Occipital nerve stimulation is a surgical procedure that may be useful in the treatment of chronic and severe headache disorders, such as chronic migraines, that do not respond well to other therapies.
Occipital nerve stimulation was first used to treat headaches in 1977, but it's still considered a treatment in development.
The occipital nerve originates at the base of the neck. In occipital nerve stimulation, your doctor implants a small device at the base of the skull with leads connected to a power source (pulse generator) that sends electrical impulses to the occipital nerve.
The pulse generator is often implanted under the collarbone (clavicle), but the abdominal and buttock (gluteal) areas also are options.
Risks associated with occipital nerve stimulation include the possible need for surgical revision of wire placement after the procedure, as well as infection, pain and muscle spasms.
Research shows occipital nerve stimulation may improve headaches for some people, but the results are inconsistent.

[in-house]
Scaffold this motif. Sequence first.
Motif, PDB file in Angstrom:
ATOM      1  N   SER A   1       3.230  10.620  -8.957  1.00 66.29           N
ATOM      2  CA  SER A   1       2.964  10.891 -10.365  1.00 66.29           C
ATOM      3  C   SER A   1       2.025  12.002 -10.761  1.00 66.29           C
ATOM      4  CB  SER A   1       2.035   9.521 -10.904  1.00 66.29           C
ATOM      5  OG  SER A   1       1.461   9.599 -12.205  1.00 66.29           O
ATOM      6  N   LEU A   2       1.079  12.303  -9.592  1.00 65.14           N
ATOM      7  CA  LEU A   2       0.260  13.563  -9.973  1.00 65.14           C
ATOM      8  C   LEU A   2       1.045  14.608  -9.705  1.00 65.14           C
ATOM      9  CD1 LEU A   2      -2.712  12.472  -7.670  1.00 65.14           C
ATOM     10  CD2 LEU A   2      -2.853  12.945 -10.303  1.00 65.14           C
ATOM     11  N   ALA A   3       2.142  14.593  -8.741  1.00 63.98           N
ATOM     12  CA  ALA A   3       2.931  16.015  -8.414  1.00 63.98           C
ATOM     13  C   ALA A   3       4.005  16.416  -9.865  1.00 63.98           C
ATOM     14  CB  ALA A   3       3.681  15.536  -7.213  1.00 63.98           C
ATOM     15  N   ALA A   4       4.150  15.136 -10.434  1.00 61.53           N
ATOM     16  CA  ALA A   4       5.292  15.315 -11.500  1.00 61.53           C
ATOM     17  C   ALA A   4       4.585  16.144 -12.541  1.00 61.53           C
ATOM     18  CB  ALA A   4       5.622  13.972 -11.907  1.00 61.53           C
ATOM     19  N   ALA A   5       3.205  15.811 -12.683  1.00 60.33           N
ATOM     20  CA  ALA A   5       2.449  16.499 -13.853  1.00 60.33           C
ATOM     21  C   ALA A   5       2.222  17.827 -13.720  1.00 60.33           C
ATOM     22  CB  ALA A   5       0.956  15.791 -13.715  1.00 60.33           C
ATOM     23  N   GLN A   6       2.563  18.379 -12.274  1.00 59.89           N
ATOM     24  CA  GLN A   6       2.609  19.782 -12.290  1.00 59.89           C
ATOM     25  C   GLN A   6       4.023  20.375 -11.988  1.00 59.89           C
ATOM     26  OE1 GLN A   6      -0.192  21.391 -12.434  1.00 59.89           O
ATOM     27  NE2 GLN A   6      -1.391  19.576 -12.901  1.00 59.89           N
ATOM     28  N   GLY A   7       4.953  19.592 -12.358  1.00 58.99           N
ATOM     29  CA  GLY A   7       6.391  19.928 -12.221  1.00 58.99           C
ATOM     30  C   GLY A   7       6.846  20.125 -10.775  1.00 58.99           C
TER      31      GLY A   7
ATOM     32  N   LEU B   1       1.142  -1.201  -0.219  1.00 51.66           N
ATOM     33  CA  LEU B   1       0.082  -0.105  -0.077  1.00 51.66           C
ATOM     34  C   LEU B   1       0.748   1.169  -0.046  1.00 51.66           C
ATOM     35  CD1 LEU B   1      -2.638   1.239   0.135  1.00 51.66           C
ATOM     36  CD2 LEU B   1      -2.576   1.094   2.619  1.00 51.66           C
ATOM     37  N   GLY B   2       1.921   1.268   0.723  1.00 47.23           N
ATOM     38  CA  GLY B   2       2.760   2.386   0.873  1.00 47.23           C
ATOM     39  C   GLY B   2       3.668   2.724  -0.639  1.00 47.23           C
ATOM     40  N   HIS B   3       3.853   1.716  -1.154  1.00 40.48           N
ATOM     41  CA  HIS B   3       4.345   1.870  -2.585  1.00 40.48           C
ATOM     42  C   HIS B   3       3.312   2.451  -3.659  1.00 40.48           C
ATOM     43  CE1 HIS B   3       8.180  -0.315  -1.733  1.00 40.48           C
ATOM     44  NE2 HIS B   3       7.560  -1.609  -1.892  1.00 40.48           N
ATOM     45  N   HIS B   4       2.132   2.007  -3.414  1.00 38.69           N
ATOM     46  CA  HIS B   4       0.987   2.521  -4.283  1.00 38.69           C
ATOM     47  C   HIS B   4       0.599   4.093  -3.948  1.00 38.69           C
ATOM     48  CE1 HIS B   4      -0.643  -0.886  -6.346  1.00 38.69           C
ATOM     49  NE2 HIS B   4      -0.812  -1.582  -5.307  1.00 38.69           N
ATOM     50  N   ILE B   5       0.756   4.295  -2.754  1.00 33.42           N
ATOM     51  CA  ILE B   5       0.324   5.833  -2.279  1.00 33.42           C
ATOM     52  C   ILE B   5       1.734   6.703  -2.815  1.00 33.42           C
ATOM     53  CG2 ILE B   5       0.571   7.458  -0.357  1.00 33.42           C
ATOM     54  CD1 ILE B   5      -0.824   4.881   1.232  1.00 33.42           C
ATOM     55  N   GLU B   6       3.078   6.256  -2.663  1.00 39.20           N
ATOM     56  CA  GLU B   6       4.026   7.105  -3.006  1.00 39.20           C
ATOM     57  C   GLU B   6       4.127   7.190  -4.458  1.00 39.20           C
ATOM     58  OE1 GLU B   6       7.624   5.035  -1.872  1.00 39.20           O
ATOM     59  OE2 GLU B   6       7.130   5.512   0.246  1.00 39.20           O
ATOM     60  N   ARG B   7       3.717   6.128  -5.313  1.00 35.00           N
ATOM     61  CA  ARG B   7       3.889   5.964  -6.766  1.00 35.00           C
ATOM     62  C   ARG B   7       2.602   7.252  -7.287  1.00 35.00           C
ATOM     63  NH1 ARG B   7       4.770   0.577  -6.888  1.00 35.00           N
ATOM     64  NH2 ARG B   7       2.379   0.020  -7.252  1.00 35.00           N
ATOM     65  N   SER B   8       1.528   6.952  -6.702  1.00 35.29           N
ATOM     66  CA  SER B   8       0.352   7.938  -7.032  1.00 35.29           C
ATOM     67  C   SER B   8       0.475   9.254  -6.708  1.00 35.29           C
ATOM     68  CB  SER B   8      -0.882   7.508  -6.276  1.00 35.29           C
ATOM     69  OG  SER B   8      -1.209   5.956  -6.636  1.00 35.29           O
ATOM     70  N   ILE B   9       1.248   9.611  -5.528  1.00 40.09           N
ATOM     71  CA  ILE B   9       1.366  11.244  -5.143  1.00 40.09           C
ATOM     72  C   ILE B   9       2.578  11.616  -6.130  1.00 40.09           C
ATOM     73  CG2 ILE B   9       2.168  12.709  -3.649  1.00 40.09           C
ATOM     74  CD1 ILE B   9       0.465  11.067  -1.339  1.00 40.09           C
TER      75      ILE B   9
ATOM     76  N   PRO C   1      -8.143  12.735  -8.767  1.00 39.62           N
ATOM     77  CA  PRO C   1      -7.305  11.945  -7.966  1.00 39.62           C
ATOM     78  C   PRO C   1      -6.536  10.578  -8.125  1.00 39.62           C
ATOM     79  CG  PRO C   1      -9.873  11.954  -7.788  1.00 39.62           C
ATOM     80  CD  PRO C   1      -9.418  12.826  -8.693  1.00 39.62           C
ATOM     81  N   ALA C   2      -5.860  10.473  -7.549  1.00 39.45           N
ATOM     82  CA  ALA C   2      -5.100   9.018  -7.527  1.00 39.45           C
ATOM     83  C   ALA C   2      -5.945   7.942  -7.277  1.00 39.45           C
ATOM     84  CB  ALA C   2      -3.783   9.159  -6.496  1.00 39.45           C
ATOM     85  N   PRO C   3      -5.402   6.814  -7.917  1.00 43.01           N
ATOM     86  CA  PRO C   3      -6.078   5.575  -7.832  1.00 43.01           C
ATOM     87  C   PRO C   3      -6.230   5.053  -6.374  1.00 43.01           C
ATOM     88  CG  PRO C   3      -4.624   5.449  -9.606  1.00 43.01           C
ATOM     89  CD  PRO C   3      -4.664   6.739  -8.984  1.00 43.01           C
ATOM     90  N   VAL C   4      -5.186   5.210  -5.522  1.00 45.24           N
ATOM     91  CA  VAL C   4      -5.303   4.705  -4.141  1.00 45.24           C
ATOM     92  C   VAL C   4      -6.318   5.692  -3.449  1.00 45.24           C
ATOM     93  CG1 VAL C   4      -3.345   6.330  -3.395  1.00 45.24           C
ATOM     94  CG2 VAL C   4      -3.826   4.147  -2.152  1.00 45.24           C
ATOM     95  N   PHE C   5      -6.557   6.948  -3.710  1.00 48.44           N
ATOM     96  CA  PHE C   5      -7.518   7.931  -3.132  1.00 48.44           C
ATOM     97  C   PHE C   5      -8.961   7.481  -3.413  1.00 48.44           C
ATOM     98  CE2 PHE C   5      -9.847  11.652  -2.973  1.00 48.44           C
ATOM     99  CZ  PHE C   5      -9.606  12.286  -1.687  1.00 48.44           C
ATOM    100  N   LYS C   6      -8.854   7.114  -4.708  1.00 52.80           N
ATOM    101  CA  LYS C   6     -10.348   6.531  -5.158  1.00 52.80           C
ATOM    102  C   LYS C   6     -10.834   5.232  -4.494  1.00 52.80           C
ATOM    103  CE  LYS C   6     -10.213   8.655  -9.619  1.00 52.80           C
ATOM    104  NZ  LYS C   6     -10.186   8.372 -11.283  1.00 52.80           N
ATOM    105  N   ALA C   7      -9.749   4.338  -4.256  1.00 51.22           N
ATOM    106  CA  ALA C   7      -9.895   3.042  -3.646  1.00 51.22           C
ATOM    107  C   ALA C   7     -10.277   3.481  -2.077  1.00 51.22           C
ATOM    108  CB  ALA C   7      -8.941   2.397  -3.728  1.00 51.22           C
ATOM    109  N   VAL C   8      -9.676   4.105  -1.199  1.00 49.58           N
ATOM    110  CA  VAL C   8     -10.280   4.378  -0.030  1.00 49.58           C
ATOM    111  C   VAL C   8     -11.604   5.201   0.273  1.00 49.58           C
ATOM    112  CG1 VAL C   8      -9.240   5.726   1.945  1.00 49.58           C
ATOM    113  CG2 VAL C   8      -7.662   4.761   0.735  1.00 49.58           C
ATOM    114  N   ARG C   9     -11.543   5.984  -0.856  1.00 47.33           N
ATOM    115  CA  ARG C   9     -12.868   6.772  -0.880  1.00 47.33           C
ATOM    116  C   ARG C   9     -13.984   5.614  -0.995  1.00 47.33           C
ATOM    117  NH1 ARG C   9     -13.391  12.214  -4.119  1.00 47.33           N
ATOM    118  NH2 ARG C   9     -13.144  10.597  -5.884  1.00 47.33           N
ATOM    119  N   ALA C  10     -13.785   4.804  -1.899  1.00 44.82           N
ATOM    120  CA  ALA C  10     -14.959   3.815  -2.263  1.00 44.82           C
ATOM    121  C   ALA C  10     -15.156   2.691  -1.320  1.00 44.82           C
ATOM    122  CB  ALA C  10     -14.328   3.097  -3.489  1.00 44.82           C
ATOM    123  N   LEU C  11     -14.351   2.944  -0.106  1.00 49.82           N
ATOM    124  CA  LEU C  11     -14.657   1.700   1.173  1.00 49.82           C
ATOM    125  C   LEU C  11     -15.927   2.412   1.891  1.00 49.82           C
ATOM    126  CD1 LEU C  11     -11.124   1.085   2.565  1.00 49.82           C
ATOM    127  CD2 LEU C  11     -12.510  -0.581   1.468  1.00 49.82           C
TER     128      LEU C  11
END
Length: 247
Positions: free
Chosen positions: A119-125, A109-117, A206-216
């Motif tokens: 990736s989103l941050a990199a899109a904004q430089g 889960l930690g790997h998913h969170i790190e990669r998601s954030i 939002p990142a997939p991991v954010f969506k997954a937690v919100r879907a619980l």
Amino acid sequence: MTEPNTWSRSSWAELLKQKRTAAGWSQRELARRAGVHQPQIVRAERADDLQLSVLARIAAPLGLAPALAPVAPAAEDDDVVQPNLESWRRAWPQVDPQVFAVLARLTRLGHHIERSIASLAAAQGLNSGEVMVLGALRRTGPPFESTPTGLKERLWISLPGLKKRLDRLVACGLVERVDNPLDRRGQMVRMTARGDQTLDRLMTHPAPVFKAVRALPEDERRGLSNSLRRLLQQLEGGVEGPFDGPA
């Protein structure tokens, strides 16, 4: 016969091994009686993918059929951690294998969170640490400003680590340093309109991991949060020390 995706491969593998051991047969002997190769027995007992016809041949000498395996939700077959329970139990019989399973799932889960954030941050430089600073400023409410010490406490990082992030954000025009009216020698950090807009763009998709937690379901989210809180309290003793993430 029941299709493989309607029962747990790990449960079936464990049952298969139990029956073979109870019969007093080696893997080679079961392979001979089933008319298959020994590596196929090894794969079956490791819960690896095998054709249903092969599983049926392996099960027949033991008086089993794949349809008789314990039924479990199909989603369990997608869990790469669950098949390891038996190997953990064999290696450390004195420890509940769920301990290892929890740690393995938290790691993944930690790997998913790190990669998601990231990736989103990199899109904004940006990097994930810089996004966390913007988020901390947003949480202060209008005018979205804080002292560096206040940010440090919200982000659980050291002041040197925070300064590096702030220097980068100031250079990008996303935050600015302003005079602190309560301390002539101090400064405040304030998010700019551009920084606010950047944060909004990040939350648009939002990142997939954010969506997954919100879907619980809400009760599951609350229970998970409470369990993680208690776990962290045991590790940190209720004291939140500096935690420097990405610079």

In addition, studies on occipital nerve stimulation so far have included only a small number of participants, and long-term results are limited.
One study suggested about 40 percent of people with chronic migraine reported a sustained benefit up to four years after occipital nerve stimulation. Another suggested a similar benefit for people with chronic cluster headache up to six years after treatment. But both of these studies were without a blinded comparison group (uncontrolled), and a placebo effect may explain some of these benefits.
The bottom line? Although there's some evidence that occipital nerve stimulation may be effective in the treatment of chronic headache disorders, more studies are needed before the approach can be considered a routine headache treatment.